Blog Archives

What am I missing and what will this paper likely lead researchers to think and do?

October 5, 2017
By

This post is by Keith. In a previous post Ken Rice brought our attention to a recent paper he had published with Julian Higgins and  Thomas Lumley (RHL). After I obtained access and read the paper, I made some critical comments regarding RHL which ended with “Or maybe I missed something.” This post will try to discern […] The post What am I missing and what will this paper likely lead researchers…

Read more »

What you value should set out how you act and that how you represent what to possibly act upon: Aesthetics -> Ethics -> Logic.

September 27, 2017
By

I often include references to CS Peirce in my comments. Some might think way too often. However, this whole post will be trying to extract some morsels of insight from some of his later work. With the hope that it will enable applying statistics more thoughtfully. Now, making sense of Peirce, that is getting him […] The post What you value should set out how you act and that how…

Read more »

What to make of reported statistical analysis summaries: Hear no distinction, see no ensembles, speak of no non-random error.

August 31, 2017
By

Recently there has been a lot of fuss about the inappropriate interpretations and uses of p-values, significance tests, Bayes factors, confidence intervals, credible intervals and almost anything anyone has ever thought of. That is to desperately discern what to make of reported statistical analysis summaries of individual studies –  largely on their own. Including a credible […] The post What to make of reported statistical analysis summaries: Hear no distinction, see…

Read more »

Seemingly intuitive and low math intros to Bayes never seem to deliver as hoped: Why?

August 2, 2017
By

This post was prompted by recent nicely done videos by Rasmus Baath that provide an intuitive and low math introduction to Bayesian material. Now, I do not know that these have delivered less than he hoped for. Nor I have asked him. However, given similar material I and others have tried out in the past that […] The post Seemingly intuitive and low math intros to Bayes never seem to deliver…

Read more »

Take two on Laura Arnold’s TEDx talk.

May 24, 2017
By

This post is by Keith. In this post I try to be more concise and direct about what I found of value in Laura Arnold’s TEDx talk that I recently blogged about here. Primarily it was the disclosure from someone who could afford to buy good evidence (and experts to assess it) that they did not think good […] The post Take two on Laura Arnold’s TEDx talk. appeared first on Statistical Modeling,…

Read more »

Higher credence for the masses: From a Ted talk?

May 16, 2017
By

The Four Most Dangerous Words? A New Study Shows | Laura Arnold | TEDxPennsylvaniaAvenue I brought this link forward in some comments but wanted to promote it to a post as I think its important and I know many folks just do not read comments. As I once heard claimed in a talk on risk […] The post Higher credence for the masses: From a Ted talk? appeared first on…

Read more »

Representists versus Propertyists: RabbitDucks – being good for what?

April 19, 2017
By

It is not that unusual in statistics to get the same statistical output (uncertainty interval, estimate, tail probability,etc.) for every sample, or some samples or the same distribution of outputs or the same expectations of outputs or just close enough expectations of outputs. Then, I would argue one has a variation on a DuckRabbit. In […] The post Representists versus Propertyists: RabbitDucks – being good for what? appeared first on…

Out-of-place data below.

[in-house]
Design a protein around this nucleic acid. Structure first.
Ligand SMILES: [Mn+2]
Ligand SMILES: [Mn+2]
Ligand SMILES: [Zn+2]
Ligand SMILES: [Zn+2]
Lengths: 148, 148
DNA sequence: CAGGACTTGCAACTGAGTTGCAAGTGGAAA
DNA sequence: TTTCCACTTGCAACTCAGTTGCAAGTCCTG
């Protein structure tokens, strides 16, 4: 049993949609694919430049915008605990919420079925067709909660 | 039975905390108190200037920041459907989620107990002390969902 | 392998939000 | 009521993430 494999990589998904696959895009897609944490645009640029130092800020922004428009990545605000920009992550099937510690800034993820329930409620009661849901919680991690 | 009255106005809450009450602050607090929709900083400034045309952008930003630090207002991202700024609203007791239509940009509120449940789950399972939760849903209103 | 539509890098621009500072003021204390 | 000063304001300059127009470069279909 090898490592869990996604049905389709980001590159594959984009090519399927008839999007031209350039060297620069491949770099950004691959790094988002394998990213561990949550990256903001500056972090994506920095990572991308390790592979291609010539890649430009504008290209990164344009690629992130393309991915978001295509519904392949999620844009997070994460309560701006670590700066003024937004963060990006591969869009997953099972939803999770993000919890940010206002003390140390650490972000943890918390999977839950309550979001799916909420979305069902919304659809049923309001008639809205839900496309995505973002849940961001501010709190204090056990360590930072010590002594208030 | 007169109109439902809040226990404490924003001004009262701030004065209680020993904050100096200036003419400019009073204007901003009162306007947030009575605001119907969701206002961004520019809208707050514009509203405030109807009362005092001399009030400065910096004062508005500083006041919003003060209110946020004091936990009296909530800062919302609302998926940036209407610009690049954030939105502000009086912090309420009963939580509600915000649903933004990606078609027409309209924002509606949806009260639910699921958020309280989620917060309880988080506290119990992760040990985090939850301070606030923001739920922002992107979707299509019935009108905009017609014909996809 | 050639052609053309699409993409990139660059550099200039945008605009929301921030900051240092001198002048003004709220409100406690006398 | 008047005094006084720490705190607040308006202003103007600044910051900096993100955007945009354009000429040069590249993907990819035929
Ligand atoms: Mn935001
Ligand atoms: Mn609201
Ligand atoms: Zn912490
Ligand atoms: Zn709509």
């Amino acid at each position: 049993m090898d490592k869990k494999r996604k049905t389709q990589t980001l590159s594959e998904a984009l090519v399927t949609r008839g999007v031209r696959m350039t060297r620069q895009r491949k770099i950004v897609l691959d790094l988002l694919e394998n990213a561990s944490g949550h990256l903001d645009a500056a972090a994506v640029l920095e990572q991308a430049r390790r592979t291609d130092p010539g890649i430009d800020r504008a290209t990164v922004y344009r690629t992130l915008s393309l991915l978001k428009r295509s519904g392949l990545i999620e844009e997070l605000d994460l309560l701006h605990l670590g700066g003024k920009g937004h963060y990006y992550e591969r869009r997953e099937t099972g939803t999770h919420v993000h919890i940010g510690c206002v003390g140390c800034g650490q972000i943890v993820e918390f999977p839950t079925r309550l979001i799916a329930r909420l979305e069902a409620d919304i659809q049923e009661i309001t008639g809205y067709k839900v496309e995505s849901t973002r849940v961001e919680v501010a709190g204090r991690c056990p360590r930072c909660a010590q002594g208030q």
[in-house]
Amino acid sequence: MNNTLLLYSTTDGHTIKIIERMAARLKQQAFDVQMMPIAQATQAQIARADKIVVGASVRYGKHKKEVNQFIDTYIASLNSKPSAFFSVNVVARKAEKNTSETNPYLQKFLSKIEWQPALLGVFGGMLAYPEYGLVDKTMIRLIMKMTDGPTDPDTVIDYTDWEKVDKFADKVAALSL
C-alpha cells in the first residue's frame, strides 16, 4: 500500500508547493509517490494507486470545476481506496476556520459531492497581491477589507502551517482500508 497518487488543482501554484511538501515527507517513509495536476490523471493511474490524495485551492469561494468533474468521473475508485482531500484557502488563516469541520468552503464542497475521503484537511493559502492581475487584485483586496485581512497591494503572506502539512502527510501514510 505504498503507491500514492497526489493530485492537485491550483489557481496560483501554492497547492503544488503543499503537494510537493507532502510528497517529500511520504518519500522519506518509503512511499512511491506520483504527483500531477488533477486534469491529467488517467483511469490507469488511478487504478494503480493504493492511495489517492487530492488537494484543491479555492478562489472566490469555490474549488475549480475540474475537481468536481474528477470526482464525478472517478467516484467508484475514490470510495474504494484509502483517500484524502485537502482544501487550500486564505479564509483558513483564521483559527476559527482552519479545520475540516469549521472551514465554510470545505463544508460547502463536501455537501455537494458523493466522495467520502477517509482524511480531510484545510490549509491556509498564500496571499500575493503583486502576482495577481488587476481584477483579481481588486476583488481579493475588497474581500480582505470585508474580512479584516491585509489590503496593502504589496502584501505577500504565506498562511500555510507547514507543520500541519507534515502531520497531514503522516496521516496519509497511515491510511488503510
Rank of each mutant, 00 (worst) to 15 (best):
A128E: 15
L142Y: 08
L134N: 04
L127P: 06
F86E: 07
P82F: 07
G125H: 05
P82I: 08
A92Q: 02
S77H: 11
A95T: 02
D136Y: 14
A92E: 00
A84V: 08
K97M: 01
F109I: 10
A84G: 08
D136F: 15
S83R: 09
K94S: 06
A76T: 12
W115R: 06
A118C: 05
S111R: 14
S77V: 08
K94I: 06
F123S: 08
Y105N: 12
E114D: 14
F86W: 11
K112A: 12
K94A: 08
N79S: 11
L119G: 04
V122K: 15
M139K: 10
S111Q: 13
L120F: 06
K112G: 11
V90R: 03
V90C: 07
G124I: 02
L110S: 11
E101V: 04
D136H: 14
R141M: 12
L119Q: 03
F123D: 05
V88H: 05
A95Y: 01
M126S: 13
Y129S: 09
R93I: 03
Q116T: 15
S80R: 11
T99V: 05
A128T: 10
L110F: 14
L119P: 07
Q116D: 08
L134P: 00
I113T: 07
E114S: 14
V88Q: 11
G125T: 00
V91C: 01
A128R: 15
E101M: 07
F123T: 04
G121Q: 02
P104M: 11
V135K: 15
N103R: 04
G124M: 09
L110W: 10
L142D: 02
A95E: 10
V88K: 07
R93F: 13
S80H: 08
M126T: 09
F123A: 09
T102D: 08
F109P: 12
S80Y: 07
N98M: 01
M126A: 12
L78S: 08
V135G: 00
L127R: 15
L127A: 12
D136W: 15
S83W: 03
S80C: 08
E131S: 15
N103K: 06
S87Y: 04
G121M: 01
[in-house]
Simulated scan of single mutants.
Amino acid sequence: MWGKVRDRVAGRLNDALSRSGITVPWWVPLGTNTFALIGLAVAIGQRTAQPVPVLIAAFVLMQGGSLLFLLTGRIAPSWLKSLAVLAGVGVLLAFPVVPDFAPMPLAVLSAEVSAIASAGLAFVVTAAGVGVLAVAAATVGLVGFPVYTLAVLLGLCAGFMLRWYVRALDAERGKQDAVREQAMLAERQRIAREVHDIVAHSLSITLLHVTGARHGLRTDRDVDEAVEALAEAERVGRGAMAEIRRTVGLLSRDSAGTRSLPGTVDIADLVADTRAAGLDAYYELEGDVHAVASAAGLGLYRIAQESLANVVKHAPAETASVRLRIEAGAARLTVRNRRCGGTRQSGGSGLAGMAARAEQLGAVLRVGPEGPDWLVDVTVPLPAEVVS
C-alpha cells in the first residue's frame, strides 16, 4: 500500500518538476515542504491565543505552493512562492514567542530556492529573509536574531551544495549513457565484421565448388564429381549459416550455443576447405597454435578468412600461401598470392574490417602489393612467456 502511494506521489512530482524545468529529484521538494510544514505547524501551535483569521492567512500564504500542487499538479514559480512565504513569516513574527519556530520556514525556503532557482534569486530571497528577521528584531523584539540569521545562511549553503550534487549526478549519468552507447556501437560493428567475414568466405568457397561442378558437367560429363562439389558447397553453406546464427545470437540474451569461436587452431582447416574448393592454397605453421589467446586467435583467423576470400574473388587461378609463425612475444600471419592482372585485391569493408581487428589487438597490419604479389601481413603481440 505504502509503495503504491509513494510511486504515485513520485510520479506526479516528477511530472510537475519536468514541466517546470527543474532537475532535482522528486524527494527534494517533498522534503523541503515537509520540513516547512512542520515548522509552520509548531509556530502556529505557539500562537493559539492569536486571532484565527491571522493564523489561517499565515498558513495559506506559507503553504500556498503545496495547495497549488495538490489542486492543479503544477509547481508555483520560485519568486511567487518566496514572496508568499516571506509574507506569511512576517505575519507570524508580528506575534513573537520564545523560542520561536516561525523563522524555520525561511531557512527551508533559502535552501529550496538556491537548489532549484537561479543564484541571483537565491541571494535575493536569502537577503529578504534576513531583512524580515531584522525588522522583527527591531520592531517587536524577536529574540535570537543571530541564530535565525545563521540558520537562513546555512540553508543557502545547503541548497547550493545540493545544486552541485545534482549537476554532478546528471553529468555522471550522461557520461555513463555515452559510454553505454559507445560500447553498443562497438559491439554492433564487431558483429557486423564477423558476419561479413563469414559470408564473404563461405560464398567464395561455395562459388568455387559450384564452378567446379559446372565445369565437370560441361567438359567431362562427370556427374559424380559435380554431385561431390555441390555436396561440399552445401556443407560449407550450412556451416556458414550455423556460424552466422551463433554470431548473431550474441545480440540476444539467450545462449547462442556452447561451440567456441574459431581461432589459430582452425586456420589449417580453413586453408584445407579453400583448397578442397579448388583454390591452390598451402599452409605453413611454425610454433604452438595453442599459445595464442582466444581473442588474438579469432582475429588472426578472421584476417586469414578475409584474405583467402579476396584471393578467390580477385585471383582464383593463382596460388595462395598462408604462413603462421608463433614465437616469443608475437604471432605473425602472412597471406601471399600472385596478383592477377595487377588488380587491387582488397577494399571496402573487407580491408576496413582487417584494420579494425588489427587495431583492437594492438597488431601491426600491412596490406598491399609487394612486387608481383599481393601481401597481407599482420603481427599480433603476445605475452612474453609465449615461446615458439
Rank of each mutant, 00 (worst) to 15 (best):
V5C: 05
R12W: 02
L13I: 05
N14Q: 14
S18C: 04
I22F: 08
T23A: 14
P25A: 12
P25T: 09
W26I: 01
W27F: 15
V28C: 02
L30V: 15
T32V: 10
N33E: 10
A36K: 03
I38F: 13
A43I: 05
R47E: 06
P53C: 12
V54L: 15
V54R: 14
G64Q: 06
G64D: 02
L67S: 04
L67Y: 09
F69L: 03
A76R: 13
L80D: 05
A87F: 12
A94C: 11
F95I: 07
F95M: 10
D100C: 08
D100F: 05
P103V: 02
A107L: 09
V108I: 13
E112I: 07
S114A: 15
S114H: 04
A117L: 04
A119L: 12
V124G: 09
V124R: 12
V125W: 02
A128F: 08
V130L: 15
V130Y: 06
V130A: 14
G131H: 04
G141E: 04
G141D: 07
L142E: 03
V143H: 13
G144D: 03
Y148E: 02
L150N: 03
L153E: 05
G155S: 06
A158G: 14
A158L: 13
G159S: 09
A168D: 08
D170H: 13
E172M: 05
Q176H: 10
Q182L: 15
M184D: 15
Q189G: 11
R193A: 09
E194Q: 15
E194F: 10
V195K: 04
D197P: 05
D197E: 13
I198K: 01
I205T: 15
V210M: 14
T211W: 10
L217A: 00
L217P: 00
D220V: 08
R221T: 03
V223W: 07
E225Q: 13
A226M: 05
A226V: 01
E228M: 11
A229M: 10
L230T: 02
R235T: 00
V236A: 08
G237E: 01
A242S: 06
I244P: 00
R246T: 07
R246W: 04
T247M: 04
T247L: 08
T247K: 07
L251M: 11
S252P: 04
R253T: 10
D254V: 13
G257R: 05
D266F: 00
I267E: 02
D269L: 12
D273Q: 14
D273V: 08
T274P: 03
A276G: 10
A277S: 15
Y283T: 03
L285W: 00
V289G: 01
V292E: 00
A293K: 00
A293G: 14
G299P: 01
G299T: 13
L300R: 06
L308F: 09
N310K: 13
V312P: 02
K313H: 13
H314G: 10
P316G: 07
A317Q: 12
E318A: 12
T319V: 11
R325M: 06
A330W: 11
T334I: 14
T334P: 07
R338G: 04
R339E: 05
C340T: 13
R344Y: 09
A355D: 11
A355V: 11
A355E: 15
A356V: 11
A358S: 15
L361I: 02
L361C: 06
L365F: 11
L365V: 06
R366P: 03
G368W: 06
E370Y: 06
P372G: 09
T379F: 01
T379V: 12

Read more »

Applying statistics in science will likely remain unreasonably difficult in my life time: but I have no intention of changing careers.

March 8, 2017
By
Applying statistics in science will likely remain unreasonably difficult in my life time: but I have no intention of changing careers.

This post is by Keith.   (Image from deviantart.com) There are a couple posts I have been struggling to put together, one is on what science is or should be (drawing on Charles Peirce). The other is on why a posterior is not a posterior is not a posterior: even if mathematically equivalent – they are […] The post Applying statistics in science will likely remain unreasonably difficult in my life…

Read more »

The Prior: Fully comprehended last, put first, checked the least?

January 11, 2017
By
The Prior: Fully comprehended last, put first, checked the least?

Priors are important in Bayesian inference. Some would even say : ” In Bayesian inference you can—OK, you must—assign a prior distribution representing the set of values the coefficient [i.e any unknown parameter] can be.” Although priors are put first in most expositions, my sense is that in most applications they are seldom considered first, are […] The post The Prior: Fully comprehended last, put first, checked the least? appeared first…

Read more »

Avoiding only the shadow knowing the motivating problem of a post.

December 12, 2016
By
Avoiding only the shadow knowing the motivating problem of a post.

Graphic From Given I am starting to make some posts to this blog (again) I was pleased to run across a youtube of Xiao-Li Meng being interviewed on the same topic by Suzanne Smith the Director of the Center for Writing and Communicating Ideas. One thing I picked up was to make the problem being addressed […] The post Avoiding only the shadow knowing the motivating problem of a post. appeared…

Read more »


Subscribe

Email:

  Subscribe